An Olympic Atrocity

How two doping scandals have drawn major attention to doping policies and Olympic biases.

Kamila Valieva (left) and Sha'Carri Ricardson (right). Photo courtesy of Slate.

Infamous doping scandals have haunted the Olympics since the beginning of the twentieth century and had a major impact on the Beijing 2022 Winter games and Tokyo 2020 Summer games. During the past two Olympics, two controversial cases involving an American sprinter and a Russian figure skater have taken center stage and caused a lot of questions around Olympic doping policies and punishments. Many wonder if the International Olympic Committee and World Anti-Doping Association’s actions are fair and justified, or if they are biased and cruel.


In June of 2021, about a month before the start of the rescheduled 2020 Tokyo Olympics, 21-year-old American sprinter Sha’Carri Richardson tested positive for THC in her system. THC is the chemical in marijuana responsible for psychological effects; the part that is only legal for people 21 and older. She had already qualified to compete in the Olympics and was favored for a medal finish in Tokyo. Richardson’s original suspension was for three months, but it was soon shortened to one month because she was cooperative and agreed to a counseling program. The reason Sha’Carri had started using marijuana was to cope with her mother's death, which she said was triggering and startling to her because she was told about her mom’s passing by a reporter out of context. None of her reasons for using marijuana were for sports enhancement, which also allowed her suspensions to be shortened. Because the ban was reduced to only one month, Sha’Carri had the opportunity to still compete in the 4x100 relay, her specialty. After the ban was reduced, the US Olympic Committee and US Track and Field prevented her from competing anyway, claiming her reduced suspension included the entire Olympics. Even with all the disappointment and scandal, Richardson accepted the decisions made by the US Olympic Committee with dignity and quickly apologized to all her supporters. Richardson’s case created a lot of media uproar; many people said the US decision was based on the fact Sha’Carri was a black woman.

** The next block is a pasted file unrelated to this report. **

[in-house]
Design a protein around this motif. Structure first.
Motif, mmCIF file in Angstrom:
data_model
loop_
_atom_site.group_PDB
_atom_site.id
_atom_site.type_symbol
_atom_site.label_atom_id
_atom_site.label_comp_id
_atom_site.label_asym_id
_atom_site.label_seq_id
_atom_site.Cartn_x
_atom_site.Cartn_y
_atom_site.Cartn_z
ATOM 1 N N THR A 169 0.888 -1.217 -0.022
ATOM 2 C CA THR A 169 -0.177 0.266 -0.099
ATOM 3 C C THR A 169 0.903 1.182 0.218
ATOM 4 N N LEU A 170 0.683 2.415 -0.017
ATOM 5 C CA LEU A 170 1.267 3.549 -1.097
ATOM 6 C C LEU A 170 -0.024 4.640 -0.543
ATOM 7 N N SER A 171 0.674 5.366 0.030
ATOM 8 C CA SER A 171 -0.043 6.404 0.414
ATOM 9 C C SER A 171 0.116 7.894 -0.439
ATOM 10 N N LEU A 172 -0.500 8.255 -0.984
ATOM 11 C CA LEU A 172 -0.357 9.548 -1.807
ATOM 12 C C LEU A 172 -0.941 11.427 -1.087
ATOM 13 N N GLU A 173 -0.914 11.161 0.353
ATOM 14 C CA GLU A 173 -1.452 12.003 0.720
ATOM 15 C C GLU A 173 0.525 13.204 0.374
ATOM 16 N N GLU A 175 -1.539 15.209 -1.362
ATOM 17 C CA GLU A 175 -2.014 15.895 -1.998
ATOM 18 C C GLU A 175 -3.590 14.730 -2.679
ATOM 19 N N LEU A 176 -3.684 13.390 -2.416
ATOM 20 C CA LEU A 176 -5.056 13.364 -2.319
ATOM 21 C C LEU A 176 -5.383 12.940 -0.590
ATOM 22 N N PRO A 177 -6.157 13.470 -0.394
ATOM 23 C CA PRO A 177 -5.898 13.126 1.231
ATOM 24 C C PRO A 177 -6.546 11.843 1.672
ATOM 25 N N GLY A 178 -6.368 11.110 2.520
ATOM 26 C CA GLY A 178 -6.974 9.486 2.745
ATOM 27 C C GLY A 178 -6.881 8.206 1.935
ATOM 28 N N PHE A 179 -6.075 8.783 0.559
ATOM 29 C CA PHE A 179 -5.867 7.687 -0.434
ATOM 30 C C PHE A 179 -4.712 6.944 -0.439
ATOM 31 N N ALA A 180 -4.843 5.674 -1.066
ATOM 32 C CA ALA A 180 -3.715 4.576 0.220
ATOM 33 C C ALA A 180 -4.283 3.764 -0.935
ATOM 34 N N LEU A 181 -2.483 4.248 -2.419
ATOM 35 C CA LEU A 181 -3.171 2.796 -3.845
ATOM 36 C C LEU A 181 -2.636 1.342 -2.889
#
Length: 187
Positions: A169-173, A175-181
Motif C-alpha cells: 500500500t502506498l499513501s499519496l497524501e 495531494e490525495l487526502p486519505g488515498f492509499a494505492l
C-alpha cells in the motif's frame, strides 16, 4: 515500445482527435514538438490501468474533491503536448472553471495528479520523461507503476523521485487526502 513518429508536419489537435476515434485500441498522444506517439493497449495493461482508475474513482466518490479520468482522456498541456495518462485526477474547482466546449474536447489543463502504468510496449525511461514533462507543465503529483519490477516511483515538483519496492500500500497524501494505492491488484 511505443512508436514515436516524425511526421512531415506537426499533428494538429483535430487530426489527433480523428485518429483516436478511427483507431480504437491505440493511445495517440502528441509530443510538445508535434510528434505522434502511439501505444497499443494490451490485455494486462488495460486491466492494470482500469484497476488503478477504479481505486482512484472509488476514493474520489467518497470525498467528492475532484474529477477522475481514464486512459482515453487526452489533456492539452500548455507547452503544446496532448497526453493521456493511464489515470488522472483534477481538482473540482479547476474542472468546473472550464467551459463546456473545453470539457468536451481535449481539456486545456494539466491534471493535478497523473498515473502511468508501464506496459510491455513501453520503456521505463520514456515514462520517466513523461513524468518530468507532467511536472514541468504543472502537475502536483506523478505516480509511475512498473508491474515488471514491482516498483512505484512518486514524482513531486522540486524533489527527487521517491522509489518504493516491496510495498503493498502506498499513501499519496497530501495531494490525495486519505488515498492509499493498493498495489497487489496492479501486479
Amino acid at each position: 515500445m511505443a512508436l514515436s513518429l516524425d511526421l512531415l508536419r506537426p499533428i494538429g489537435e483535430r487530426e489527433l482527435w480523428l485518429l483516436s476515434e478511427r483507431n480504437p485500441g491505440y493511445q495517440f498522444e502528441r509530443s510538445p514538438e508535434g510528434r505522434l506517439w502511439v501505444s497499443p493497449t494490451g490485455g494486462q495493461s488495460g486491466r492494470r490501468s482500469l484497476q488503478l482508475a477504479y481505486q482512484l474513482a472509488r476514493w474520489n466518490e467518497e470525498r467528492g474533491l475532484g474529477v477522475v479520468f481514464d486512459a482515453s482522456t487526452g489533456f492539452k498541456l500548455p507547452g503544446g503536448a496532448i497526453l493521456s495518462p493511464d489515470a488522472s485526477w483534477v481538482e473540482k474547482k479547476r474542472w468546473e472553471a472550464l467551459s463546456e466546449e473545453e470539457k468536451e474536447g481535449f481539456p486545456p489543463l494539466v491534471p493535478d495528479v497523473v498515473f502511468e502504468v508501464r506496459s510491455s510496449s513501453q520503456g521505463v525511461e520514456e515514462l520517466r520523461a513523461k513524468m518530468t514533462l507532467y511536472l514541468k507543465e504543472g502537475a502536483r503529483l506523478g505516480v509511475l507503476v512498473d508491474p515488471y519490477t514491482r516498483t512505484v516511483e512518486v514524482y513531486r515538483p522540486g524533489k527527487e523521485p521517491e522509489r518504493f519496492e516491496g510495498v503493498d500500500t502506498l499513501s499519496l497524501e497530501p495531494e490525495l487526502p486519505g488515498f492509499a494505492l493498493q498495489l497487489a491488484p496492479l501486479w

Sha'Carri Richardson celebrating after winning the fourth heat of the Women's 100 Meter sprint. Photo courtesy of Ashley Landis

Only 7 months later, during the Beijing 2022 Winter games,

15 year old Russian figure skater Kamila Valieva tested positive for 3 substances, 1 of which was Trimetazidine. Trimetazidine is a banned drug by the World Anti-Doping Association (WADA) because it improves your body's use of oxygen and limits quick change of blood pressure, which can heavily impact intense sports like figure skating. It allows you to be strong and perform at a maximum throughout the entire skate because you won’t be fatigued as easily and have better oxygen going to the muscles. The other two drugs, Hypoxen and L-carnitine (when taken orally) are not banned, but still, have a major effect on the body. The three drugs combined create higher endurance, reduce fatigue, and promote greater oxygen intake/efficiency. Many of the parts of Kamila’s case are unusual. First of all, she is only fifteen, and positive substance tests for athletes that young are extremely rare. There are several stories about how she got the drugs. Her mother said she was on Hypoxen for “heart variations”, and could have accidentally taken her grandfather’s heart drugs instead of her own. However, this seems unlikely because Kamila can read labels and wouldn’t have also ingested two other drugs along with her grandfather’s medication. Another theory swirling around the internet is that her infamous, severe coach, Eteri Tutberidze, forced her into taking the drugs. Other aspects of the case are peculiar too. Kamila was originally tested in December, but the Russian Olympic Committee claimed they didn’t find out about the results until the Olympics had already started. Once the results had been released, both the Russian Olympic Committee and WADA pushed for Valieva’s suspension that would have ended her Olympics. However, the International Olympic Committee overturned any punishment and allowed her to compete, and the WADA did too eventually. The IOC said since she was a minor, Valieva was a protected person and therefore wouldn’t receive a suspension.